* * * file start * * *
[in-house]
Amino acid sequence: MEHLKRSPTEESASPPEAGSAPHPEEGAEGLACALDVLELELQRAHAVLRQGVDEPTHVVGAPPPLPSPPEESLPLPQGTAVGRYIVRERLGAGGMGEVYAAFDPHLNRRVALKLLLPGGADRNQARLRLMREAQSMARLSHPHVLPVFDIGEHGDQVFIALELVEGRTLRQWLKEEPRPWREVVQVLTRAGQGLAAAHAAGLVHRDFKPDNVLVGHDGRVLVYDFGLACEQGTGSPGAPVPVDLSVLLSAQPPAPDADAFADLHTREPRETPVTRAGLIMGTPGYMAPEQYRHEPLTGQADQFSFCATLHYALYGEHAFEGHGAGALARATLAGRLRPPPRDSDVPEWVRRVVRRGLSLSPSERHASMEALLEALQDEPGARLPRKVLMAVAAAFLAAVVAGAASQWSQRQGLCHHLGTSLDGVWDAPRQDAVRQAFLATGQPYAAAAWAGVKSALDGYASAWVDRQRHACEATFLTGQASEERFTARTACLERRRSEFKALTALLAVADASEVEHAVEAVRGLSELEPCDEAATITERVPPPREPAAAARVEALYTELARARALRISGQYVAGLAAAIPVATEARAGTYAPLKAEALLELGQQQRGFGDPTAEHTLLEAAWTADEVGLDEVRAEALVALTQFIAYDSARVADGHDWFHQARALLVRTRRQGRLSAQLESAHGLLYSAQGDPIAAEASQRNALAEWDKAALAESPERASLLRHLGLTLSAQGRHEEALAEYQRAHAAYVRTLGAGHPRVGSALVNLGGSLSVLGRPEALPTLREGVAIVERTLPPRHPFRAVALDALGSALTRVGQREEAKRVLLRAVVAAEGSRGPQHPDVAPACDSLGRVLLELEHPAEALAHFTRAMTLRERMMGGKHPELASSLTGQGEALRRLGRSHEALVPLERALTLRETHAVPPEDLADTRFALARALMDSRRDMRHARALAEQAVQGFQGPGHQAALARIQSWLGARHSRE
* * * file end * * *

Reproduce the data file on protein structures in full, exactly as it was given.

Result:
[in-house]
Amino acid sequence: MEHLKRSPTEESASPPEAGSAPHPEEGAEGLACALDVLELELQRAHAVLRQGVDEPTHVVGAPPPLPSPPEESLPLPQGTAVGRYIVRERLGAGGMGEVYAAFDPHLNRRVALKLLLPGGADRNQARLRLMREAQSMARLSHPHVLPVFDIGEHGDQVFIALELVEGRTLRQWLKEEPRPWREVVQVLTRAGQGLAAAHAAGLVHRDFKPDNVLVGHDGRVLVYDFGLACEQGTGSPGAPVPVDLSVLLSAQPPAPDADAFADLHTREPRETPVTRAGLIMGTPGYMAPEQYRHEPLTGQADQFSFCATLHYALYGEHAFEGHGAGALARATLAGRLRPPPRDSDVPEWVRRVVRRGLSLSPSERHASMEALLEALQDEPGARLPRKVLMAVAAAFLAAVVAGAASQWSQRQGLCHHLGTSLDGVWDAPRQDAVRQAFLATGQPYAAAAWAGVKSALDGYASAWVDRQRHACEATFLTGQASEERFTARTACLERRRSEFKALTALLAVADASEVEHAVEAVRGLSELEPCDEAATITERVPPPREPAAAARVEALYTELARARALRISGQYVAGLAAAIPVATEARAGTYAPLKAEALLELGQQQRGFGDPTAEHTLLEAAWTADEVGLDEVRAEALVALTQFIAYDSARVADGHDWFHQARALLVRTRRQGRLSAQLESAHGLLYSAQGDPIAAEASQRNALAEWDKAALAESPERASLLRHLGLTLSAQGRHEEALAEYQRAHAAYVRTLGAGHPRVGSALVNLGGSLSVLGRPEALPTLREGVAIVERTLPPRHPFRAVALDALGSALTRVGQREEAKRVLLRAVVAAEGSRGPQHPDVAPACDSLGRVLLELEHPAEALAHFTRAMTLRERMMGGKHPELASSLTGQGEALRRLGRSHEALVPLERALTLRETHAVPPEDLADTRFALARALMDSRRDMRHARALAEQAVQGFQGPGHQAALARIQSWLGARHSRE